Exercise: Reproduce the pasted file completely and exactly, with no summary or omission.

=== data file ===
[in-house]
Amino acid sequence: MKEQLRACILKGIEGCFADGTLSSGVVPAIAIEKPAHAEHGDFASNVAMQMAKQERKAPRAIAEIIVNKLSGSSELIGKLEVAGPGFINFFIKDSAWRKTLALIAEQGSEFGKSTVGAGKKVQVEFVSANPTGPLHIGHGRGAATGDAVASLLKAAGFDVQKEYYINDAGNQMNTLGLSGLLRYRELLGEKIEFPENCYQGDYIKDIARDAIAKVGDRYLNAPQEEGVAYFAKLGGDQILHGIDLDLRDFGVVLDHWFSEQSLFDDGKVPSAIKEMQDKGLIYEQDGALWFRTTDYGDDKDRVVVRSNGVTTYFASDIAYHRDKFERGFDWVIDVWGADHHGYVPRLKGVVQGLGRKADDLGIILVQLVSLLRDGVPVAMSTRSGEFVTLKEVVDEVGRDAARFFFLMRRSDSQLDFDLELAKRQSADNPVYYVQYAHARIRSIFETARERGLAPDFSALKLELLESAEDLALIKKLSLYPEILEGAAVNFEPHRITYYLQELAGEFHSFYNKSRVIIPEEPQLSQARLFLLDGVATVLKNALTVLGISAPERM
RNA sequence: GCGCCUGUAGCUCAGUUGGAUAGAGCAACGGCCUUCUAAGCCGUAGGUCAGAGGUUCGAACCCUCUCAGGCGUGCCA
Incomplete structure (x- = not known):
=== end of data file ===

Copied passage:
[in-house]
Amino acid sequence: MKEQLRACILKGIEGCFADGTLSSGVVPAIAIEKPAHAEHGDFASNVAMQMAKQERKAPRAIAEIIVNKLSGSSELIGKLEVAGPGFINFFIKDSAWRKTLALIAEQGSEFGKSTVGAGKKVQVEFVSANPTGPLHIGHGRGAATGDAVASLLKAAGFDVQKEYYINDAGNQMNTLGLSGLLRYRELLGEKIEFPENCYQGDYIKDIARDAIAKVGDRYLNAPQEEGVAYFAKLGGDQILHGIDLDLRDFGVVLDHWFSEQSLFDDGKVPSAIKEMQDKGLIYEQDGALWFRTTDYGDDKDRVVVRSNGVTTYFASDIAYHRDKFERGFDWVIDVWGADHHGYVPRLKGVVQGLGRKADDLGIILVQLVSLLRDGVPVAMSTRSGEFVTLKEVVDEVGRDAARFFFLMRRSDSQLDFDLELAKRQSADNPVYYVQYAHARIRSIFETARERGLAPDFSALKLELLESAEDLALIKKLSLYPEILEGAAVNFEPHRITYYLQELAGEFHSFYNKSRVIIPEEPQLSQARLFLLDGVATVLKNALTVLGISAPERM
RNA sequence: GCGCCUGUAGCUCAGUUGGAUAGAGCAACGGCCUUCUAAGCCGUAGGUCAGAGGUUCGAACCCUCUCAGGCGUGCCA
Incomplete structure (x- = not known):